The Hope Prize: Cate Blanchett reflects on powerful new role

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Cate Blanchett was among the judges for the Brotherhood of St Laurence’s first literary award, The Hope Prize. The result is Hope: An Anthology, out on November 9. Cate and former governor general Quentin Bryce reflect on powerful new role in a new article for The Sydney Morning Herald. Enjoy the reading!

Cate Blanchett and Quentin Bryce were judges for the Brotherhood of St Laurence’s first literary award, The Hope Prize

It’s not often a story has the power to turn Cate Blanchett’s world upside down.

But it’s clear the Oscar-winning actress is deeply moved as she reflects on the tales of homelessness, isolation and despair she encountered as a judge for the Brotherhood of St Laurence’s first literary award, The Hope Prize.
Designed to encourage writing that transcends stereotypes of poverty, the 10 shortlisted stories evoke a powerful image of what it means to be displaced in modern Australia.

Publisher Simon & Schuster Australia and bookseller Readings decided the works from amateur writers were so powerful, they had to be turned into a book. The result is Hope: An Anthology, out on November 9.
Selected from more than 1000 entries, The Hope Prize’s winning story, Better Homes and Gardens, is narrated by a young girl who lives in her father’s car with her little sister and describes her trying to stay afloat at school.

“I suddenly saw the world from an entirely different perspective,” says Blanchett, who judged the prize along with former governor general Quentin Bryce and The Secret River author Kate Grenville.

“It’s language and perspective on the world that in middle class society we take for granted. I felt like my entire world had been turned upside down.”

Another story centres on an unemployed labourer who befriends a Sri Lankan bus driver after being given a grim health prognosis.
One heartbreaking tale written by a teenage author tells of a student falling behind in high school as she becomes the sole carer for her blind father.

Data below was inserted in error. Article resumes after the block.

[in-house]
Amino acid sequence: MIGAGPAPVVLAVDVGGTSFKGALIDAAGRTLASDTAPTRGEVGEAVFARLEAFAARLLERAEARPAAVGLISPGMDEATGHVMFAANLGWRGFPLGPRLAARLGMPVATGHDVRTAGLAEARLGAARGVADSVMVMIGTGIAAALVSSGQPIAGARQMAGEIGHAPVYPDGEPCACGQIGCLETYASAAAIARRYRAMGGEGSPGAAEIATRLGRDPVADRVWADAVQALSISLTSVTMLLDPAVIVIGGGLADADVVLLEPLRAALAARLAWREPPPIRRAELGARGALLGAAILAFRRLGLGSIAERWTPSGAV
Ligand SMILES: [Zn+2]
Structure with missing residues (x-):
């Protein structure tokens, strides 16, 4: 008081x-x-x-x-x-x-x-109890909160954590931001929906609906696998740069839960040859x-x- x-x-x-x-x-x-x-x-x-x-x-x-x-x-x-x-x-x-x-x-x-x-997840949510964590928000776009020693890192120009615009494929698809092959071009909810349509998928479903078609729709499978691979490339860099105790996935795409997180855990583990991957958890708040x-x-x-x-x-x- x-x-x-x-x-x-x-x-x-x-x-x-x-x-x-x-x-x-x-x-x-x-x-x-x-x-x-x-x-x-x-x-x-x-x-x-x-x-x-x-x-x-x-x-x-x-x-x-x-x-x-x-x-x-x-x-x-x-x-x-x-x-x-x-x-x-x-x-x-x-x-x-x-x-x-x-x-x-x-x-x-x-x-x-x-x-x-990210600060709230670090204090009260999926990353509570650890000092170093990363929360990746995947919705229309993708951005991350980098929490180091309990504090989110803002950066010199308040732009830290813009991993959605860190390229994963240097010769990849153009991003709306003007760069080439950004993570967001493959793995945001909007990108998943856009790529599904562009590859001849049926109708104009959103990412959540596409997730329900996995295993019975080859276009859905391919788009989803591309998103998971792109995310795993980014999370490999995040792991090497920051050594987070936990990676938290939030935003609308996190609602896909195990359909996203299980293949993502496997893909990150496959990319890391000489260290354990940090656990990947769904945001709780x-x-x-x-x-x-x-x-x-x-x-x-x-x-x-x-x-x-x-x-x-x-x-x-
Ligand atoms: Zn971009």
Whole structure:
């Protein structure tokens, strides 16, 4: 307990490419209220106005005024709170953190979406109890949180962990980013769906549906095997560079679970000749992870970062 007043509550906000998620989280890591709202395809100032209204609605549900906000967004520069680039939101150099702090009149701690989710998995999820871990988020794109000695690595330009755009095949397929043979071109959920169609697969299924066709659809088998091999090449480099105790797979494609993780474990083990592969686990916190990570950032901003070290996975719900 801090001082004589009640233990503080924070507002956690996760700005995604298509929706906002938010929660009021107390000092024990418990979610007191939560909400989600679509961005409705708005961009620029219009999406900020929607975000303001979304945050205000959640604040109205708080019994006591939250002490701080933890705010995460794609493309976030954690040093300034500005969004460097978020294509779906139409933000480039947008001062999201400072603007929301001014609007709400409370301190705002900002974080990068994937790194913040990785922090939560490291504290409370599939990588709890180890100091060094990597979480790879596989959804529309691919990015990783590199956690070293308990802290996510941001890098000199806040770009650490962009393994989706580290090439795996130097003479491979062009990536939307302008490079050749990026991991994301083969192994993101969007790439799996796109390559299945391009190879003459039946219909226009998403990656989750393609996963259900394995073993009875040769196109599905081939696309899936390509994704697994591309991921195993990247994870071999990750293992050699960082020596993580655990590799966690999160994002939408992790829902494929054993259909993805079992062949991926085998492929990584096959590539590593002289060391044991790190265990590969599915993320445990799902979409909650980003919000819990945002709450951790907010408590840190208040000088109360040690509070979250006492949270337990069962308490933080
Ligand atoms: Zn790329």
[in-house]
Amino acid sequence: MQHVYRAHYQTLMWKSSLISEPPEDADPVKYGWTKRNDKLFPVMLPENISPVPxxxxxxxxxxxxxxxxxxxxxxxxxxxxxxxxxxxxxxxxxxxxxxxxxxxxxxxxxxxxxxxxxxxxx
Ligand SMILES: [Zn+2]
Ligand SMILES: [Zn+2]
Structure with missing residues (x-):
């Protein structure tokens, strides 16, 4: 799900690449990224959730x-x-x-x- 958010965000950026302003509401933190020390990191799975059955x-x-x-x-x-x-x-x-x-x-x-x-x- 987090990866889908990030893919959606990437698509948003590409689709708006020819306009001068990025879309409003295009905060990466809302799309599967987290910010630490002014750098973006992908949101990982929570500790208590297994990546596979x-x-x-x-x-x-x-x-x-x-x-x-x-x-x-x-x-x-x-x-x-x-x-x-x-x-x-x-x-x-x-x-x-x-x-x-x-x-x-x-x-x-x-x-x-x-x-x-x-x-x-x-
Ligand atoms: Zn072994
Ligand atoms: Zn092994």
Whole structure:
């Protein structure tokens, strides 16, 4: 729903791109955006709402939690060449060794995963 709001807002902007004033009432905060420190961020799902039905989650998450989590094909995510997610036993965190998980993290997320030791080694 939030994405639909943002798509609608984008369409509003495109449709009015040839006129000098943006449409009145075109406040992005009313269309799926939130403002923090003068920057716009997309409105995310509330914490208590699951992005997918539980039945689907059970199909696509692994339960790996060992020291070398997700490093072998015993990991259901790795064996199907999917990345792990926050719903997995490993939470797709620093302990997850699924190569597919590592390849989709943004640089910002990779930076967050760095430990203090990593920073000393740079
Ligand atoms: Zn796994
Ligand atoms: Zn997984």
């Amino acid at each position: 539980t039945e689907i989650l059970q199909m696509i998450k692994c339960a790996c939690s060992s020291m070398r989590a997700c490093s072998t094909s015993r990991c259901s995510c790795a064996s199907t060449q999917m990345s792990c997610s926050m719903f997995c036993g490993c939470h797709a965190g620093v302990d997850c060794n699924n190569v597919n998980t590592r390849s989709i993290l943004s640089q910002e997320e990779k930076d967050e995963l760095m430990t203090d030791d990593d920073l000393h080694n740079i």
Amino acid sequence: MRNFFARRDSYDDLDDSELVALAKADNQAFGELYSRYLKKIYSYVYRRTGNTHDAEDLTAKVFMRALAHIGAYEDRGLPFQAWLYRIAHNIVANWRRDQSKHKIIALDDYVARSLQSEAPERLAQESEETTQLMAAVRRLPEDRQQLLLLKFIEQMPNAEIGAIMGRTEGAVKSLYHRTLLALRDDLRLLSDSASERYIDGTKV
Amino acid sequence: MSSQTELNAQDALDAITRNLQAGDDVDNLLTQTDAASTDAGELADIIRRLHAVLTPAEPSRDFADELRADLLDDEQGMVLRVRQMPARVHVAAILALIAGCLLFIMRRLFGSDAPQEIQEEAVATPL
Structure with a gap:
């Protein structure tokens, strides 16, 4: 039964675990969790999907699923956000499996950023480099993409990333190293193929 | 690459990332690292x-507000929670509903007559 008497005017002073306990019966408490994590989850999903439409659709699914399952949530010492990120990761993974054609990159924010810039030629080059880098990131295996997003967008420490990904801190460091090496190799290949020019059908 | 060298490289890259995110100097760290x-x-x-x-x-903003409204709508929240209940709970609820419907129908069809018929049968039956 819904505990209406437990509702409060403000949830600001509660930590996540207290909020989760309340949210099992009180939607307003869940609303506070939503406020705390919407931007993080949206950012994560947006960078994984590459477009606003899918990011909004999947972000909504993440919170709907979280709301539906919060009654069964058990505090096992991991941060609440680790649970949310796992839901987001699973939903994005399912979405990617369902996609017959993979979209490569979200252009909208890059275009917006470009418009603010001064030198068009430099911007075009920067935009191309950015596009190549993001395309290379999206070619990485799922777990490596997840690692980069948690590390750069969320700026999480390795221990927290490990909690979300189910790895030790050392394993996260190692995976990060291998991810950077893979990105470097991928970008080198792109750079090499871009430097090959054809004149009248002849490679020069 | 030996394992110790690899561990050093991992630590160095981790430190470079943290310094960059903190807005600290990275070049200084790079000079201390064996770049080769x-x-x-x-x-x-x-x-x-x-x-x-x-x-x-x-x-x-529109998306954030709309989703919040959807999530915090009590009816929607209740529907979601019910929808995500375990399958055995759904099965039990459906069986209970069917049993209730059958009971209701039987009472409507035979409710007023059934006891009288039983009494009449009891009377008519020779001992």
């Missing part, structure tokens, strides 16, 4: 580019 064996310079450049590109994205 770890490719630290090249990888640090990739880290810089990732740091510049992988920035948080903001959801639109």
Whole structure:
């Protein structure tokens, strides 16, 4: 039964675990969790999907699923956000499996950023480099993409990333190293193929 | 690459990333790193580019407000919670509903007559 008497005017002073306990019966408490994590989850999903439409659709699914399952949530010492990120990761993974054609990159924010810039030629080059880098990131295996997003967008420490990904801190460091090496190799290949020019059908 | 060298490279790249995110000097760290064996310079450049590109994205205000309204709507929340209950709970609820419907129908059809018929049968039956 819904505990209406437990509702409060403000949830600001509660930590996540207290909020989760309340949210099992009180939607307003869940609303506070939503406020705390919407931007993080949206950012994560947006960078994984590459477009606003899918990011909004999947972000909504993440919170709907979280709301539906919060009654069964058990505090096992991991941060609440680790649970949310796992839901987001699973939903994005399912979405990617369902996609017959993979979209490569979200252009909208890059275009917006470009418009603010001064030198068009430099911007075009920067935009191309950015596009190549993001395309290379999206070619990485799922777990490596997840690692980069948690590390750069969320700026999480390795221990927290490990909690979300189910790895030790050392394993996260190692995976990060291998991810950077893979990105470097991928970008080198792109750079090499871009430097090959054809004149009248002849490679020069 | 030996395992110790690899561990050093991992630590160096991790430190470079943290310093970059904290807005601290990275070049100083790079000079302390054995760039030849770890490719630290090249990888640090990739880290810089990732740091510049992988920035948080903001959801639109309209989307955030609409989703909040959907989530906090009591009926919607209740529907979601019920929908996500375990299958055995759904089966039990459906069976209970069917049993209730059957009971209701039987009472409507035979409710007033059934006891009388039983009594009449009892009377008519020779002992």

But instead of confirming stereotypes of what it means to be marginalised and experiencing poverty, the stories are uplifting and, in the words of Blanchett, “utterly illuminating”.

“In a lot of them, there was a sense that you were invited into a very private, undisclosed, interior monologue. Their situations are all so tenuous.”

Quentin Bryce says the stories gave her a profound sense of the isolation so many Australians endure every day.

“I was reading those stories again and thinking about what this publication is about; about poverty and disadvantage and the compassion you really feel very deeply. It gives you an awareness of how easily life can change.”

After a career in public office, Bryce says it’s still difficult to engage people on pervasive issues such as homelessness and domestic violence.

“It’s very easy for us to turn our heads away from things that we don’t want to talk about. I see that in the work I’m doing with domestic violence. Nobody wants to talk to me.”

“They turn away and that’s why this project is so important. It’s empowering, it’s beautiful writing.

“There are so many important things in it, so it’s really a privilege to be asked to be involved because it stops us in our lives. We’ve got so busy and self-centred and materialistic and these stories say ‘look around you’.”

Blanchett is a firm believer that great works of art and literature can be catalysts for change.

“All great literature, all great works of cinema, painting, photography – whatever – you feel ambushed by it in some way. It describes an experience other than your own.

“Somewhere between the story and yourself, you are changed by it.

“So I think it’s very rare that you see a collection of short stories from the perspective of people who are refugees, asylum seekers or homeless, and I think the perspective has an incredible power to change.”

Hope: An Anthology is out November 9 and is available at Readings bookstores.


Via The Sydney Morning Herald